Second, sound judgment: Non-IT executives collaborating with IT must create an environment where they will apply conceptual thinking in such a way, that they can look at "the idea" and determine from multiple angles, make sound judgment, whether such an idea will succeed. Technology is critical to the foundation and future of all industries, don't roll over. From the investment perspective, there's really no fundamental difference between an IT investment and any other kind of investment. When board directors or senior leaders have sufficient knowledge and understanding about IT, they can make sound judgment about IT investment and know how to assess IT performance objectively. Before the investment is made, the requestor should be required to identify specific measurable results from the investment. Nowadays, it is very difficult to figure out any business solutions to complex business problems without IT ingredients in it. Therefore, business should know how to express a problem in the desired end state with elements of performance sampling points that could be leveraged to determine whether the effort is moving in a positive or negative direction. When CIOs get invited to the big table, this is a phenomenal opportunity for CIOs to educate other executive leadership teams on the value of IT and how they can help to accelerate the leadership's strategy and agenda coming and for the future years.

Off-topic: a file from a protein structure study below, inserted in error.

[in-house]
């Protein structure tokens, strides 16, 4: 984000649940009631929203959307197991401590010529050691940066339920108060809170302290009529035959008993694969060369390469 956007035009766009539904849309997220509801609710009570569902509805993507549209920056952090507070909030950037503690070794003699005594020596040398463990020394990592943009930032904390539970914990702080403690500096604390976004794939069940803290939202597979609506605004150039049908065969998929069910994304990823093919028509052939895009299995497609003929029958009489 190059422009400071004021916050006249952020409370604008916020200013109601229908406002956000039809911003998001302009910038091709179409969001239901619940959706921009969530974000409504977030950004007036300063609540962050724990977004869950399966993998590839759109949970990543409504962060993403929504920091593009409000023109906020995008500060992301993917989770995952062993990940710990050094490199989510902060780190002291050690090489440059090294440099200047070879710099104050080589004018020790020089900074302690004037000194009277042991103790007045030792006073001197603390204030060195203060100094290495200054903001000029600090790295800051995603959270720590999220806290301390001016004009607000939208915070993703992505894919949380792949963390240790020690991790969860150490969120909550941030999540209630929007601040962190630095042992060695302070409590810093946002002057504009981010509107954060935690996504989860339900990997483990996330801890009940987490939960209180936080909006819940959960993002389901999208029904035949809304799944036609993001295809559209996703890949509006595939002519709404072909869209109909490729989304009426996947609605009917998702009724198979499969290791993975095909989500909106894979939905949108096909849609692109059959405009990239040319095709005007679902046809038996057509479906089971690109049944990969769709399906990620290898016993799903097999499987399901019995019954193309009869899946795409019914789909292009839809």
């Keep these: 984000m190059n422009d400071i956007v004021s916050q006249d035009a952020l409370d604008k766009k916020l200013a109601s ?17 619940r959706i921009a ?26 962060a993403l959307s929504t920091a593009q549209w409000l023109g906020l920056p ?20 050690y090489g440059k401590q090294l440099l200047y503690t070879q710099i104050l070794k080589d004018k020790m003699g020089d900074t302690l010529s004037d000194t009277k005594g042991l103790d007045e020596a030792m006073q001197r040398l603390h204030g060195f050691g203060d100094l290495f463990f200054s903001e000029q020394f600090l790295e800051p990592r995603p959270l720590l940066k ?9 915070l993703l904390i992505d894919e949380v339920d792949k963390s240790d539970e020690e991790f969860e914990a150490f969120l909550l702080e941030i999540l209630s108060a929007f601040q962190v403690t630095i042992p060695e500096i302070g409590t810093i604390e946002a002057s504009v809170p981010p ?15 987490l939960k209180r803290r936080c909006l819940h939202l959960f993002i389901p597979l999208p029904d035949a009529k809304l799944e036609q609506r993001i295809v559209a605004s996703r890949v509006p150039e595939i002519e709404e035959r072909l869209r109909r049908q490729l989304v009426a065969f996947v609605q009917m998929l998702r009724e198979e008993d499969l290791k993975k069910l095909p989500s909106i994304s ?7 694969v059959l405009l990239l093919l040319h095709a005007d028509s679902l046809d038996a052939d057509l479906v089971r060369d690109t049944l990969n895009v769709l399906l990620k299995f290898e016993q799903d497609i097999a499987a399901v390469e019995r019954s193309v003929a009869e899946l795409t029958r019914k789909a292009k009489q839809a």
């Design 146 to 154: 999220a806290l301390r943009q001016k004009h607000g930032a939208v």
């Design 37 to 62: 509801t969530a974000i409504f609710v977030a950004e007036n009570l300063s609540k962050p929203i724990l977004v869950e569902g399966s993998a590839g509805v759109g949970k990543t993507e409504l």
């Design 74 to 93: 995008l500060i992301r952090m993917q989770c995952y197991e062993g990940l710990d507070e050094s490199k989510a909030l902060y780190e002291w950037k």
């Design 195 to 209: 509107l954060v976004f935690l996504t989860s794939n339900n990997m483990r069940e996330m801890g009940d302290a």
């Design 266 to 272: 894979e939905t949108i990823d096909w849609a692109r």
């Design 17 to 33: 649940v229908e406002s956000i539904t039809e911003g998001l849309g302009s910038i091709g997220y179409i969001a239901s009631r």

And third, complexity mindset: Due to change and complex nature of technology, there is the learning curve for non-IT leaders to truly understand the breadth and depth of IT management discipline. It is not just about the trendy technology gadgets or fancy web interface, or a help desk only, IT is the nerve system of modern business. Thus, business managers need to be equipped with the complexity mindset to understand IT with a certain degree of profundity, not about knowing every nut or bolt, but eager to build a close relationship with the CIO and vice versa. Together as a team, they can achieve the business synergy that cannot be achieved as individuals. The skills can be learned, but it all comes down to relationships and what is best for the organization. Through close communication and collaboration, both CIOs and other C-levels should understand where IT fits into the business like they understand where every part of the business fits into servicing the customers. As the say’s going "if you can't say it simply, you don't understand it." When business executives truly understand IT and contribute to brainstorm the next IT best practices, they actually follow the “Keep it Simple” principle to optimize IT and enable IT to truly solve the right business problems in the right way.  

IT is no longer just a commodity, IT now needs more business guidance, communicate more often, and work more collaboratively with both senior executives and other functional leaders to tailor business needs and deliver value. IT is an integral part of the business, business and technology are forever interwoven, so should the CIO and the non-IT Executive team. When business leaders are curious enough to step into IT wonderland, and think IT as their strategic partner, they can work closely, build the trust, and integrate IT and business as a whole to accelerate business performance and maximize digital potential.